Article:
What to Know About Bydureon (Exenatide Extended-Release)

An Injectable Diabetes Drug for Lowering A1C

Close up on syringes for diabetes

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In This Article

Bydureon (exenatide) is used to help manage blood sugar levels in people with type 2 diabetes. It is a type of injectable medication that stimulates insulin secretion called a glucagon-like peptide-1 receptor agonist (GLP-1 RA). Bydureon is available in two forms: as a syringe and as a pen injector.

Uses

Diabetes is a progressive disease, and sometimes adjustments in medication regimens need to be made to help manage blood sugar as time goes on. Often, people with diabetes can benefit from using an injectable medication (other than insulin) in addition to their pill medications. Non-insulin injectable medicines such as Bydureon as well as Byetta and Victoza have been shown to help lower after-meal blood sugar and reduce weight.

Bydureon is a long-acting GLP-1 RA, which stimulates insulin secretion when it comes into contact with glucose. Because it is an extended-release medication, it must be injected only once a week at any time of day—as opposed to Byetta, a short-acting form of exenatide, which must be injected twice a day on a strict schedule.

Bydureon has also been shown to preserve the function of beta cells—the cells responsible for making insulin in the pancreas—and has been proven to promote weight loss by delaying gastric (stomach) emptying and increasing feelings of fullness. Studies have shown that people taking Bydureon drop an average of five pounds by month six of taking the medication and have been shown to sustain the weight loss by year three.

New research by the makers of Bydureon, AstraZeneca, demonstrates that the once-weekly injection of exenatide led to greater average reductions in hemoglobin A1C (around 1.5%) than Byetta. Patients in both the Bydureon and Byetta groups had similar reductions in average body weight (about 3.3 pounds lost while taking Bydureon and about 4.2 pounds lost while taking Byetta).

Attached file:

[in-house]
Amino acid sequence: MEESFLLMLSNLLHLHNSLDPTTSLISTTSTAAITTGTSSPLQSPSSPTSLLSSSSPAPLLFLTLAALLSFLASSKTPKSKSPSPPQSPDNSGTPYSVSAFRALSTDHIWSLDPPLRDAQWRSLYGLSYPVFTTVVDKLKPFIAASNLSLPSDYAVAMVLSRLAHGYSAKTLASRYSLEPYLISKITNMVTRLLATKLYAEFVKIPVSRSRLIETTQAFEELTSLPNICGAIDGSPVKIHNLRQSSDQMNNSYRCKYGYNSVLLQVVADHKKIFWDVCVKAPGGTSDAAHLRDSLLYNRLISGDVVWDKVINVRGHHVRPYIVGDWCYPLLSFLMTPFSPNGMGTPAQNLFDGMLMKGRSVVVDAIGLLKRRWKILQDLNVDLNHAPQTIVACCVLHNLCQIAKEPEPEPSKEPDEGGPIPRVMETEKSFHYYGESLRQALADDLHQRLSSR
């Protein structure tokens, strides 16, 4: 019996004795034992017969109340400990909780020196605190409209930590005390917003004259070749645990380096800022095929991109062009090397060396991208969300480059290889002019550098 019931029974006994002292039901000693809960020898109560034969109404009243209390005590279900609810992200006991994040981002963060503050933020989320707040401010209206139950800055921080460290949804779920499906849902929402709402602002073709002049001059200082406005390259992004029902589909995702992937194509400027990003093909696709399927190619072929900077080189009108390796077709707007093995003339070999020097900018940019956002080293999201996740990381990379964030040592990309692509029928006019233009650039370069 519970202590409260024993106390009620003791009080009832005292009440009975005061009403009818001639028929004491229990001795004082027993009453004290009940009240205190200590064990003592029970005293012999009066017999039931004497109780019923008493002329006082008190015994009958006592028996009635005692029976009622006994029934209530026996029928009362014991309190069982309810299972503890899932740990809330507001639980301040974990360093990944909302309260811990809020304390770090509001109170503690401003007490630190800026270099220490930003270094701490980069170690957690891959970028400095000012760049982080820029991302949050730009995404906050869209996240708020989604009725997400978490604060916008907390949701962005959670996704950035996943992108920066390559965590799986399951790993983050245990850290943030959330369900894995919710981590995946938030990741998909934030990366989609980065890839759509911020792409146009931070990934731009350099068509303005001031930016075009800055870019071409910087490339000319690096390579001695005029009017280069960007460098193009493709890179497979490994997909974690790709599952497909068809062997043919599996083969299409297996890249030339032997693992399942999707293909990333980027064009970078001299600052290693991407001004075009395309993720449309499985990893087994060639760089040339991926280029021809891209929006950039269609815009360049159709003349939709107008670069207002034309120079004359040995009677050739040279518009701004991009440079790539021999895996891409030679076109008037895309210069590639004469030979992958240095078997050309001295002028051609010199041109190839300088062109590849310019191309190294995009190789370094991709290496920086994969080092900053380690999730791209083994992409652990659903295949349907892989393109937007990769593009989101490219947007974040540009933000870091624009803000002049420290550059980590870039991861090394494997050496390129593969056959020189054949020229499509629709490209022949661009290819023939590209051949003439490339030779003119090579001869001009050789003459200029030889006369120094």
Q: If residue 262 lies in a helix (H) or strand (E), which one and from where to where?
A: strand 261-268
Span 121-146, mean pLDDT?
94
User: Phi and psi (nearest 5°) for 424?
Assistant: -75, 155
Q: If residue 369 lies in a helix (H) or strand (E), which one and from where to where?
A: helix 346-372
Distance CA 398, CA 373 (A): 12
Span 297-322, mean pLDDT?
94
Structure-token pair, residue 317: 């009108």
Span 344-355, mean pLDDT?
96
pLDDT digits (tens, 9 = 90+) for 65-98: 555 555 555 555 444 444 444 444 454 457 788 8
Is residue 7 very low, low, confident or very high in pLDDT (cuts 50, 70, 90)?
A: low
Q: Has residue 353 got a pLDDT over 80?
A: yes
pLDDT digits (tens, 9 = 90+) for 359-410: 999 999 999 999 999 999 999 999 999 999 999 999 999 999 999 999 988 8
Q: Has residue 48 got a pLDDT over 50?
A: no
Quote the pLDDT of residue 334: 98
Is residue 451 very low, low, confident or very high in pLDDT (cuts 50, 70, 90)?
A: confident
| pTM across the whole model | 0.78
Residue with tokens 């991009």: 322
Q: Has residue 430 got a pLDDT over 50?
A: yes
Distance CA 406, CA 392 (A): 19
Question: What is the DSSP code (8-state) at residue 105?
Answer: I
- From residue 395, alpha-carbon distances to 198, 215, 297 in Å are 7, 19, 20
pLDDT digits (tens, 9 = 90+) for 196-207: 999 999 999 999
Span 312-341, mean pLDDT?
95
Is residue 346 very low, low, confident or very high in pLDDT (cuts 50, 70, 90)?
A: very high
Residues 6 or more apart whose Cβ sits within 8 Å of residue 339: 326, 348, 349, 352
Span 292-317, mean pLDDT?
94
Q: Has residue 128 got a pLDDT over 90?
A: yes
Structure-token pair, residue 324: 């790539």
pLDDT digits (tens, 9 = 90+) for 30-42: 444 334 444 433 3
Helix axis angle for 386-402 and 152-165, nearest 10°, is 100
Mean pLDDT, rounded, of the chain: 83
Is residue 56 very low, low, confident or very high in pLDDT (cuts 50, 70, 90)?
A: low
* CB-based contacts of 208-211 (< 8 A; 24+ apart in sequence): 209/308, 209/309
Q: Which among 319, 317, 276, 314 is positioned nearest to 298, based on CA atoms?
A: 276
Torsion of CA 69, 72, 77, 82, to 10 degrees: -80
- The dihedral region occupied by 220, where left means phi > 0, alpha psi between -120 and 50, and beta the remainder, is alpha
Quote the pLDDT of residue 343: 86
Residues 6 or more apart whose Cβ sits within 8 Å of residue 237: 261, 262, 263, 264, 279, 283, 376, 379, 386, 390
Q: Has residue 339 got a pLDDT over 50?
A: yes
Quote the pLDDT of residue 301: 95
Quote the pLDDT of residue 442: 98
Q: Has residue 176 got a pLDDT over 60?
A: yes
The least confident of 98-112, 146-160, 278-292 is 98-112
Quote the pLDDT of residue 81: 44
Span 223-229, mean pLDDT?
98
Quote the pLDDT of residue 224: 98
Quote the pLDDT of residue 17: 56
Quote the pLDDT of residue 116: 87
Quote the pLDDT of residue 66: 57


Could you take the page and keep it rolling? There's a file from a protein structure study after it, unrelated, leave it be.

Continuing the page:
Other studies have shown that when compared to insulin, patients using Bydureon often lose more weight–which is also helpful in the long-term management of blood sugar. 

Off-Label Uses

Bydureon is often shown to be helpful for weight loss, but it is not specifically approved as a weight-loss drug. Bydureon should be used in combination with a healthy diet and exercise.

Bydureon is also not a substitute for insulin and should not be used in place of insulin for people with type 1 diabetes or diabetic ketoacidosis. According to the manufacturer, Bydureon has not been studied for use in conjunction with insulin.

Before Taking

Discuss with your healthcare provider if you are a candidate for Bydureon. While clinical trials have shown that treatment with Bydureon can help to reduce A1C by about 1.5%, Bydureon is not typically used as a first-line diabetes treatment. Instead, it is most often used as a second or third agent in combination with other diabetes medicines such as metformin or a sulfonylurea such as Glimepiride (amaryl).

If you are taking a sulfonylurea, your dose may need to be adjusted to reduce the risk of hypoglycemia.

Precautions and Contraindications